OCT imaging in highly scattering tissue

The achievable image quality at multi-megahertz line rates has been investigated in highly scattering tissue using a 1300 nm FDML laser. At line rates up to 5 MHz, good image quality and penetration depth is observed. By applying advanced averaging protocols, the quality can even be further improved (see Fig. 3).

A comparison of different averaging protocols shows the speckle reduction effect in each
FIGURE 3. a) A comparison of different averaging protocols shows the results of single B-frame (top) with 600 A-scans and an average over 5 such B-frames (bottom).18 The images were acquired at a 5.2 MHz line rate and show human skin with visible perspiratory glands. The averaged frames were acquired at a rate of ~2 kHz and show stable speckle behavior, as can be seen in the magnified parts. b) A finger midjoint is shown imaged with a 2.6 MHz depth scan rate produced with a gliding average over 5 consecutive B-frames, each consisting of 700 depth scans and acquired at a frame rate reduced to ~1 Hz. The image not only shows remarkable penetration depth, but also reduced noise and speckle. c) Images of human nailfold with 1200 A-scans were taken at a 1 MHz depth scan rate. The top image is a single B-frame while the bottom image is an average of five such B-frames spaced apart by 12 µm/frame along the slow axis and acquired at a frame rate of ~300 Hz. The magnifications show the speckle reduction effect. Scale bars denote 1 mm in water.

Since the main application of imaging in scattering tissue is intravascular OCT, there have been first trials to improve the speed of today’s commercial OCT systems using FDML lasers: 100 kHz line rates have been achieved so far.43

The ultimate OCT imaging speed can be further pushed by applying a multi-beam scan approach, which has produced a 20.8 MHz A-scan rate with good imaging quality (see Fig. 4).8,25 Such high imaging speeds might be required to investigate transient phenomena in 3-D in real time. The goal is “video rate volumetric imaging.” Video-rate volumetric imaging might become a powerful tool for applications ranging from studies of transient phenomena to real-time surgical monitoring and guidance.

3-D reconstructions of OCT data can be useful for showing many things
FIGURE 4. a) 3-D reconstructions of OCT data can be useful for showing many things; for instance, a human finger near the nail with certain parts cut out to reveal internal structure.18 These data were acquired with a 4 × 1 MHz scan rate; the data set consists of 600 × 306 A-scans. b) The finger is shown imaged near the nail using 600 × 340 A-scans and a 4 × 2.6 = 10 MHz depth scan rate. c) Human skin taken at 4 × 5.2 = 20.8 MHz depth scan rate, with 1200 × 360 A-scans. For both 10 and 20.8 MHz line rates, the total acquisition time for the entire volume was 25 ms, corresponding to 40 volumes per second.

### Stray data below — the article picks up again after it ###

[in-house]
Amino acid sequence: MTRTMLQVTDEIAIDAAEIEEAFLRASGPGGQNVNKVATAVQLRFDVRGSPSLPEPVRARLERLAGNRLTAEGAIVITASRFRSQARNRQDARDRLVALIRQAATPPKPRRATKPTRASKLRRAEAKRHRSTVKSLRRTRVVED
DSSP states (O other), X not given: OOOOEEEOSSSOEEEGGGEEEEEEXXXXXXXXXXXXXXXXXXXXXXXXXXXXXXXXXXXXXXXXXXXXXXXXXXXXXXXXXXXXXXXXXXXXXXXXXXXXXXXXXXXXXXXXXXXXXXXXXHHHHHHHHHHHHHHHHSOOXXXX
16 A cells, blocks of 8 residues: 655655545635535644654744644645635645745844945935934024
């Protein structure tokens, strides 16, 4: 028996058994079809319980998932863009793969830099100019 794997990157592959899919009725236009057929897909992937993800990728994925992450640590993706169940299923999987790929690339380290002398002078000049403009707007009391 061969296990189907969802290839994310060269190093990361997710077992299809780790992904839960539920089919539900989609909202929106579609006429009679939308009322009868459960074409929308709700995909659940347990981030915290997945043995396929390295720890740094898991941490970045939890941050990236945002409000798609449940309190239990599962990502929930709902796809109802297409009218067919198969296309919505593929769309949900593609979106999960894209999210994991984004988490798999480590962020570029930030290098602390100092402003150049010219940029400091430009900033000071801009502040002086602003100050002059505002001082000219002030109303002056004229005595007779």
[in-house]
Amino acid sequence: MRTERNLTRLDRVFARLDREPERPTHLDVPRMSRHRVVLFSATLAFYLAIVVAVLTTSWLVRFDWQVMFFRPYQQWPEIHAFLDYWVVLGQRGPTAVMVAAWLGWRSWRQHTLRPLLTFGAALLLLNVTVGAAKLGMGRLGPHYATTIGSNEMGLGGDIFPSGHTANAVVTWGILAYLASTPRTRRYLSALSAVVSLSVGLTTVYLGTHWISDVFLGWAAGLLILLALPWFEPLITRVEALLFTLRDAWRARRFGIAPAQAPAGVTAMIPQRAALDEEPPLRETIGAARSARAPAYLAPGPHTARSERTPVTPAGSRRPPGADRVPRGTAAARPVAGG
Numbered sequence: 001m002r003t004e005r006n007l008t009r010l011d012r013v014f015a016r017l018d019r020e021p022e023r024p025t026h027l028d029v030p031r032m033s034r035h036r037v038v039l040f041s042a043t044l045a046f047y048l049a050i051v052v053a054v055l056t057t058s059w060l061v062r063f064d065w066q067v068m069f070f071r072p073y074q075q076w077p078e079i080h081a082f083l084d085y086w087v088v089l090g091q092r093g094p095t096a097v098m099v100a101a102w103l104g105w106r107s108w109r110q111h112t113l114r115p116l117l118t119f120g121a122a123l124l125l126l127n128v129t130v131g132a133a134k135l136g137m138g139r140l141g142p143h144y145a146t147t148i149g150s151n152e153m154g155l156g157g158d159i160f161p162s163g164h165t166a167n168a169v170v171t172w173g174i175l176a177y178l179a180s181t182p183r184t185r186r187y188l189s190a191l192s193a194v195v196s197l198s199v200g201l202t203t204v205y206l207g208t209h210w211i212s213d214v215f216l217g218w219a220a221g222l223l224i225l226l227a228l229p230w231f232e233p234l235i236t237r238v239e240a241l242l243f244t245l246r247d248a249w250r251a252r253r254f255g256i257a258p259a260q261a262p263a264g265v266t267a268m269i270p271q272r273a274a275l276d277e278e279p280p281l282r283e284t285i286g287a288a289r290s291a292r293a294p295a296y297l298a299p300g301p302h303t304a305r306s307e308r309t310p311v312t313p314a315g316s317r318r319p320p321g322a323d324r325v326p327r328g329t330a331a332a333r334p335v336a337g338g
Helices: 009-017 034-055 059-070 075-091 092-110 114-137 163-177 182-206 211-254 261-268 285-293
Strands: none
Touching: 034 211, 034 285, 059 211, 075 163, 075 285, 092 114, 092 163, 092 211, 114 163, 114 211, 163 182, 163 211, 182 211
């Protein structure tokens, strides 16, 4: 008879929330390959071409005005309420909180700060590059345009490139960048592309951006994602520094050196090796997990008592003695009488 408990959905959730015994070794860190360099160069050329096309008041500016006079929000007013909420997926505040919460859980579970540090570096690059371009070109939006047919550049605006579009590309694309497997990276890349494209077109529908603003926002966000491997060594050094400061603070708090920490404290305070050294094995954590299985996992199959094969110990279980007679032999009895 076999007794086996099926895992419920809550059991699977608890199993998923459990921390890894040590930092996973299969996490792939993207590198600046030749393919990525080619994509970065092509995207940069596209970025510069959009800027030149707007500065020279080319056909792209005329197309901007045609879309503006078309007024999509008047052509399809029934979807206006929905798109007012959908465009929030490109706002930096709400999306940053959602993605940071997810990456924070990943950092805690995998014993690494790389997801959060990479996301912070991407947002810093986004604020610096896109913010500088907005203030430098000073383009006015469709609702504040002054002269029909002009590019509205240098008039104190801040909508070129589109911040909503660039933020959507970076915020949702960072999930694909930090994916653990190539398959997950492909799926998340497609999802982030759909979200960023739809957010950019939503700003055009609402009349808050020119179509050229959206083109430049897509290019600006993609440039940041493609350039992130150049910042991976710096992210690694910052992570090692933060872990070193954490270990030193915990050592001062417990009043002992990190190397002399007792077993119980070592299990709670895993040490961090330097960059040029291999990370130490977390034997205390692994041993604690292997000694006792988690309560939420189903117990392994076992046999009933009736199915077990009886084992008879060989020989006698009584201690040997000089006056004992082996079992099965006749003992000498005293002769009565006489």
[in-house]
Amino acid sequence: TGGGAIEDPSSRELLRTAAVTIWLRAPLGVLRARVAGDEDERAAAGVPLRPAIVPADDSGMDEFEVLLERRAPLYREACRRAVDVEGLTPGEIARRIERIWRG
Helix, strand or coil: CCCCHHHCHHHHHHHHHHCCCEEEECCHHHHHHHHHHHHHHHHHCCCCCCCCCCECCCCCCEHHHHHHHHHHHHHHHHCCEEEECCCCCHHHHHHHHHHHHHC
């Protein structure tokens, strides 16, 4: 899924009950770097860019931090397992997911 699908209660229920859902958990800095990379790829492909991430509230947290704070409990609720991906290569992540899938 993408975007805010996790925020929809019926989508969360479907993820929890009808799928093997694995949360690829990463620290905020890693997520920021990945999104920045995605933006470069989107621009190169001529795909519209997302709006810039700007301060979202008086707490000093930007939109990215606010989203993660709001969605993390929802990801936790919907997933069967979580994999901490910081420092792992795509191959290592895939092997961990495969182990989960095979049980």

Ophthalmic applications

Today’s biggest market for OCT is ophthalmic imaging. While that area is dominated by retinal imaging, imaging of the eye’s anterior segment is a growing area of interest. Current commercial retinal systems operate at a ~20–50 kHz line rate—meaning only a small amount of data is recorded per acquisition. For this reason, special scan protocols—each of which covers a small subset of the retina—are employed. The most common scan protocols are a star-scan around the macula and a circular scan around the optic nerve head. What this means (to put it bluntly) is that the investigator needs to know what s/he is looking for before scanning, since the scan protocol must be chosen prior to OCT imaging and no corrections can be made afterwards.

Scan rates in the megahertz and multi-megahertz regime promise a significant simplification of the imaging process. Such an advance would mean that a single acquisition could cover a large part of the retina, including both the macula and optic nerve head. Figure 5 shows different projections and visualizations of retinal OCT images at a 1.4 and 6.7 MHz line rate (two beams, 3.4 MHz each), acquired with a 1050 nm FDML laser. The densely sampled 3-D data set provides numerous options for the extraction of information. For example, different “virtual scan paths” can be extracted after the dataset has been acquired. Since all the different scans are derived from a single huge data set consisting of 1900 × 1900 scans, perfect registration is possible.

OCT data sets show that different scan paths can be extracted in post-processing and do not need to be determined in advance
FIGURE 5. a) An OCT data set consisting of 1900 × 1900 scans, acquired in 3 s, shows that different scan paths can be extracted in post-processing and do not need to be determined in advance. A high-definition fundus projection provides absolute registration. b) With two-beam OCT at 6.7 MHz, more than two million A-scans were recorded in only 0.33 s.